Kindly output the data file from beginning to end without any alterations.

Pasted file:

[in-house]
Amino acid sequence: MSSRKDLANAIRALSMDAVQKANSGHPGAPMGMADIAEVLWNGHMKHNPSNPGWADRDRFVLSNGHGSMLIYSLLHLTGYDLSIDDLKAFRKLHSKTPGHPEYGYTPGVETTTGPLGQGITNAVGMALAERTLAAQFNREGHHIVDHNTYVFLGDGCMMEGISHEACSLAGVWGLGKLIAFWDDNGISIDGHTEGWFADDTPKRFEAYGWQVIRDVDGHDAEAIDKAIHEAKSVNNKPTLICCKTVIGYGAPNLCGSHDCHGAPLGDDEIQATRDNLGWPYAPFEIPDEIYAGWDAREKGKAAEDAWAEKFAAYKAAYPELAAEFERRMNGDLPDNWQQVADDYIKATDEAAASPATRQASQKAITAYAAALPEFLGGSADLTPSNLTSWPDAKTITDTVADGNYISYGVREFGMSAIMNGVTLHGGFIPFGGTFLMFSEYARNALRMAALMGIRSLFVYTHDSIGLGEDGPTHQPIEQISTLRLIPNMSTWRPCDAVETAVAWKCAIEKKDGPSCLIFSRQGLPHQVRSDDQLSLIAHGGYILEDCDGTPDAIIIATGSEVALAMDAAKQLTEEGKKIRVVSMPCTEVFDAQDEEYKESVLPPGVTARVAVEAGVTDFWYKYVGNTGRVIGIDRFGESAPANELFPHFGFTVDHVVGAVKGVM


[in-house]
Amino acid sequence: MSSRKDLANAIRALSMDAVQKANSGHPGAPMGMADIAEVLWNGHMKHNPSNPGWADRDRFVLSNGHGSMLIYSLLHLTGYDLSIDDLKAFRKLHSKTPGHPEYGYTPGVETTTGPLGQGITNAVGMALAERTLAAQFNREGHHIVDHNTYVFLGDGCMMEGISHEACSLAGVWGLGKLIAFWDDNGISIDGHTEGWFADDTPKRFEAYGWQVIRDVDGHDAEAIDKAIHEAKSVNNKPTLICCKTVIGYGAPNLCGSHDCHGAPLGDDEIQATRDNLGWPYAPFEIPDEIYAGWDAREKGKAAEDAWAEKFAAYKAAYPELAAEFERRMNGDLPDNWQQVADDYIKATDEAAASPATRQASQKAITAYAAALPEFLGGSADLTPSNLTSWPDAKTITDTVADGNYISYGVREFGMSAIMNGVTLHGGFIPFGGTFLMFSEYARNALRMAALMGIRSLFVYTHDSIGLGEDGPTHQPIEQISTLRLIPNMSTWRPCDAVETAVAWKCAIEKKDGPSCLIFSRQGLPHQVRSDDQLSLIAHGGYILEDCDGTPDAIIIATGSEVALAMDAAKQLTEEGKKIRVVSMPCTEVFDAQDEEYKESVLPPGVTARVAVEAGVTDFWYKYVGNTGRVIGIDRFGESAPANELFPHFGFTVDHVVGAVKGVM